Lockheed Neptune WX545

Beinn na Lice, Mull of Kintyre













Aircraft Type Photo


BELOW: An RAF Lockheed P2V-5 Neptune MR.1 at Manchester (Ringway) Airport in 1953.


This is the Neptune variant featured on this page.


An RAF Lockheed Neptune at Manchester Ringway airport


Photo: RuthAS


Released by the author to the public domain under the terms of the Creative Commons Attribution 3.0 Unported license.



BELOW: Another variant of the above aircraft: Lockheed SP2H Neptune at the RAF Museum, Cosford.


(On loan from the Helders Marinemuseum, the Netherlands.)


netherlands lockheed neptune on loan to raf cosford


Photo © 2005 BBC






Aircraft Type and Background


RAF Lockheed P2V-5 Neptune MR.1  /  WX545



The Lockheed Neptune was designed as a maritime patrol and Anti-Submarine Warfare (ASW) aircraft.


Depending on the variant, the Neptune could be equipped with two Wright R-3350-26W Cyclone-18 radial engines; and, sometimes, with two Westinghouse J34-WE-34 turbojet engines.


Some variants could carry rockets, bombs, depth charges or torpedos. Depending on their intended use, however, the Neptunes could be supplied with or without armaments.


The Neptune could reach a speed of just over 300mph, and could carry a crew of between 9 and 11 persons.


Until the advent of the Avro Shackleton, the RAF used these Lockheed Neptune aircraft with Coastal Command squadrons. They were employed for maritime (ASW) patrols, and for Airborne Early Warning and Control experiments.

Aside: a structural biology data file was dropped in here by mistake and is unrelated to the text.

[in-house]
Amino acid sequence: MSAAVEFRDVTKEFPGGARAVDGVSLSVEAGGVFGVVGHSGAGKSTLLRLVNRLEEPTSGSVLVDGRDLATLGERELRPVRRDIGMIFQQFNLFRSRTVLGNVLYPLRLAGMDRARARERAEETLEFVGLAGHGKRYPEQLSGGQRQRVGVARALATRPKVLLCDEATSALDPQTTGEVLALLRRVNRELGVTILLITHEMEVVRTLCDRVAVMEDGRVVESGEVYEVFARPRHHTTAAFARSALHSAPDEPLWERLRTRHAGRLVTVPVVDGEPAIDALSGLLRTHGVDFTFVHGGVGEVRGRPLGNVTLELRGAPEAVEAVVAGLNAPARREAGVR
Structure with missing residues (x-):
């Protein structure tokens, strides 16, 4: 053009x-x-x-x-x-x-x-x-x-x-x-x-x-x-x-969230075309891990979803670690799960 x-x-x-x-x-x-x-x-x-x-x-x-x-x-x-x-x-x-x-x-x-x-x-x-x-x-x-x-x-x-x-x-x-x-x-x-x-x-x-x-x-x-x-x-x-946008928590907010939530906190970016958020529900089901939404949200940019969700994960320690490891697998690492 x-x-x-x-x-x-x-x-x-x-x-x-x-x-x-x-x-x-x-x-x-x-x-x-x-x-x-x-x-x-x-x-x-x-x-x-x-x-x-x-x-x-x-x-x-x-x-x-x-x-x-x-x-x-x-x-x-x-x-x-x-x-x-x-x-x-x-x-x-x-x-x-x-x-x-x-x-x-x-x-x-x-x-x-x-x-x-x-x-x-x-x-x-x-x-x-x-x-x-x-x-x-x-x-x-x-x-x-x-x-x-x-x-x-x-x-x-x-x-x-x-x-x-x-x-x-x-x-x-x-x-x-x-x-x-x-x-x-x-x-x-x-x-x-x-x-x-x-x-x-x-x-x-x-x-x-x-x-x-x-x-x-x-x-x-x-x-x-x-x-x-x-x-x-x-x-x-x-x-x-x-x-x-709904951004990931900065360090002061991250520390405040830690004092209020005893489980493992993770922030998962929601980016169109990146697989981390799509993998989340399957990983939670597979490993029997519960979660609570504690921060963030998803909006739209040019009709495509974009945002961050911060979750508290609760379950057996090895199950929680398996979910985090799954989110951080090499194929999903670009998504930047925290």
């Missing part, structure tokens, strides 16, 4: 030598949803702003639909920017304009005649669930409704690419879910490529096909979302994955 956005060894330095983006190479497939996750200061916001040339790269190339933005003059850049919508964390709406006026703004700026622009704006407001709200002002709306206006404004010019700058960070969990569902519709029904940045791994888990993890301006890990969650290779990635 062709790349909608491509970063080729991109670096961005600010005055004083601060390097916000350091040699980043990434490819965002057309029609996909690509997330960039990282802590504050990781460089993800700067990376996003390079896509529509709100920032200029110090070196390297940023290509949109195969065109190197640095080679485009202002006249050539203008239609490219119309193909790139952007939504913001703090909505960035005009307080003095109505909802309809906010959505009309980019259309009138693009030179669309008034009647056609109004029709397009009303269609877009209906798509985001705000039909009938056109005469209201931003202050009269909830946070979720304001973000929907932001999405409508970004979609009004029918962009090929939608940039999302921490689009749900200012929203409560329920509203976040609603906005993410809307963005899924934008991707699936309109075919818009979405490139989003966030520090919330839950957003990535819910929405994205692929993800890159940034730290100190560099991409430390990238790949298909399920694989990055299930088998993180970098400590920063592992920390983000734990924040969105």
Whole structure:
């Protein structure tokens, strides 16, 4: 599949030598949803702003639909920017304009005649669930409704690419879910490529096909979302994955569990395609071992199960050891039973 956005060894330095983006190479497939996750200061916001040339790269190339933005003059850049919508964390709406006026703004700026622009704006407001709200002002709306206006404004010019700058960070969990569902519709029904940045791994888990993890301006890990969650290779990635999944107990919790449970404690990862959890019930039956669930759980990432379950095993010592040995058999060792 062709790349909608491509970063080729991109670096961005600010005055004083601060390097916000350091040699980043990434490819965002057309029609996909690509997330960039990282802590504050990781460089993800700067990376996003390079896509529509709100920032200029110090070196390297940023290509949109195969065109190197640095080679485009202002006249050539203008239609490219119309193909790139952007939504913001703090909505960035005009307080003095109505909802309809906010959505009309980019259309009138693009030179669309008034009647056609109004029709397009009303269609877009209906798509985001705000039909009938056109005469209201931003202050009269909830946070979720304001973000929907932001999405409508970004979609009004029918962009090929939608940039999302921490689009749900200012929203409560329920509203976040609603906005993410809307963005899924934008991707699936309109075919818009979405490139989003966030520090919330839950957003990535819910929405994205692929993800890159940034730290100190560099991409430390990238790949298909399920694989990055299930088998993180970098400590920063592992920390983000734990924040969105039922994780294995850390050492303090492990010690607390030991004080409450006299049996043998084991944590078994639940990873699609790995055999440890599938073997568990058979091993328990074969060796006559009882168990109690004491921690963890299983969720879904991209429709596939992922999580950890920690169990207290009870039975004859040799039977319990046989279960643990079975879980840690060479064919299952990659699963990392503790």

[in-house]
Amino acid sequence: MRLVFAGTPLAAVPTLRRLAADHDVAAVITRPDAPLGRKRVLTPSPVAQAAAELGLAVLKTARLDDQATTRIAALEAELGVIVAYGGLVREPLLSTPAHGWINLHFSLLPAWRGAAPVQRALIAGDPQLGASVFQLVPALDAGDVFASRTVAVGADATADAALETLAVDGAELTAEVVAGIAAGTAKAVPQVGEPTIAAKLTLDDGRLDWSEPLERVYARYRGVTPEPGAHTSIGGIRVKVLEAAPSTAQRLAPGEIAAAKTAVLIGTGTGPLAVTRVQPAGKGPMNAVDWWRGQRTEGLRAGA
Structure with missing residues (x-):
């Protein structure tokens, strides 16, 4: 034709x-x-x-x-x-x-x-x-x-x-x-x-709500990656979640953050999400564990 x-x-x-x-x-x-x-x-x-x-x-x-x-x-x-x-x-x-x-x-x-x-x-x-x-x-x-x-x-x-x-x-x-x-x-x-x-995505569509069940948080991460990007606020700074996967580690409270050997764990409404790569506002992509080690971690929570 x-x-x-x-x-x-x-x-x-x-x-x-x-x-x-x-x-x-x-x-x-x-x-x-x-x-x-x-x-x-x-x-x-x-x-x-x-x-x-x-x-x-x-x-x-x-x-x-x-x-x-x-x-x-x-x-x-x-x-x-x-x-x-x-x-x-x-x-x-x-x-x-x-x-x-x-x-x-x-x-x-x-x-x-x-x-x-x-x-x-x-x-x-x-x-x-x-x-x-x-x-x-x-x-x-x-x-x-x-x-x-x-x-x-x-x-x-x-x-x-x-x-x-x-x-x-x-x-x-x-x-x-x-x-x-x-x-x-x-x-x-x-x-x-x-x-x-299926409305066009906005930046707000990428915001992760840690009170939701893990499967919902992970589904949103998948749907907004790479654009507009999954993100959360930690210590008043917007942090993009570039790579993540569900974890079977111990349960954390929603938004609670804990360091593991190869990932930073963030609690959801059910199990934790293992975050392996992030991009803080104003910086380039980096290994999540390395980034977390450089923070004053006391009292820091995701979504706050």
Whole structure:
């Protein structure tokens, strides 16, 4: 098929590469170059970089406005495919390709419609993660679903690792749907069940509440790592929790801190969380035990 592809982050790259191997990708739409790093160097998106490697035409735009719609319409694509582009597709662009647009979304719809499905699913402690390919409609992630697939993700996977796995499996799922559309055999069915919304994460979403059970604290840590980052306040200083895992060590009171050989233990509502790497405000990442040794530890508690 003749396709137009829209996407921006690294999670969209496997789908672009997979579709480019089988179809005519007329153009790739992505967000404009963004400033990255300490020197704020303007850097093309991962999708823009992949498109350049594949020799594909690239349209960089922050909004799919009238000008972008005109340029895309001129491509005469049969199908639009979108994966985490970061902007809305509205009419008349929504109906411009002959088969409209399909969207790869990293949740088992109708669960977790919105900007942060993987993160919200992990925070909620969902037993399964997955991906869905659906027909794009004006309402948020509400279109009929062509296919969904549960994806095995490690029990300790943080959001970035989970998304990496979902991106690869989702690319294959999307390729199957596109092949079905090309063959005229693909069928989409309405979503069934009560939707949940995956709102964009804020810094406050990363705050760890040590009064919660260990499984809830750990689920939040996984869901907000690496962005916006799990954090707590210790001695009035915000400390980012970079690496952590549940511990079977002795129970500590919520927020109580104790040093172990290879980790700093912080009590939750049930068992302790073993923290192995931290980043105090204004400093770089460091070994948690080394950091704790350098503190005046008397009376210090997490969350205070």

Aircraft Accident Details


In October 1956, Lockheed Neptune WX545 of 36 Squadron RAF flew with six other aircraft to N. Ireland. The purpose was to carry out anti-submarine exercises at the Joint Anti-Submarine School (JASS) stationed at RAF Ballykelly (later to become Shackleton Barracks).


The aircraft arrived without incident and took part in these exercises.


On the 10 October 1956, however, during the return flight to RAF Topcliffe, and in heavy mist over the Scottish coast, Lockheed Neptune WX545 flew into high ground (Beinn na Lice) on the Mull of Kintyre, killing all nine crew.



For a more detailed account of this incident, please download this document. Includes contemporary crash scene photos. (Microsoft Word document.)






Aircraft Crew Casualties


The 9 who died were:

  • Flt Lt G. Finding, Pilot, RAF
  • F/O J. A. Campbell, Co-pilot, RAF

  • F/O G. Rishton, Navigator, RAF

  • Sgt C. Armstrong, Flt Engr., RAF

  • Flt Sgt R. Fox W/Op., RAF

  • Flt Sgt R. M. Noble, Air Signaller, RAF

  • Sgt E. Honey, Air Signaller, RAF

  • Sgt B. E. Lynn, Air Signaller, RAF

  • Sgt R. V. Smith , Air Signaller, RAF



Memorial Photos


Topcliffe Cemetery - Graves of the crew of R.A.F. Neptune Aircraft WX545.


memorials to crew of lockheed neptune


© Bill Lovelock and licensed for reuse under  this Creative Commons Licence.



BELOW: R.A.F. Neptune WX545 Oak Memorial Plaque - St. Columba Church - Topcliffe.


The interior of Topcliffe C of E Church showing the Memorial plaque, dedicated in 2002, to the crew of Neptune Aircraft WX545, based at R.A.F., Topcliffe, which crashed on the Mull of Kintyre with the loss of all 9 of the crew on October 10th 1956.


The plaque was made by Bob Hunter, who resides near Topcliffe village. Bob was an formerly an apprentice of the famous 'Mouseman', Thomson of North Yorkshire.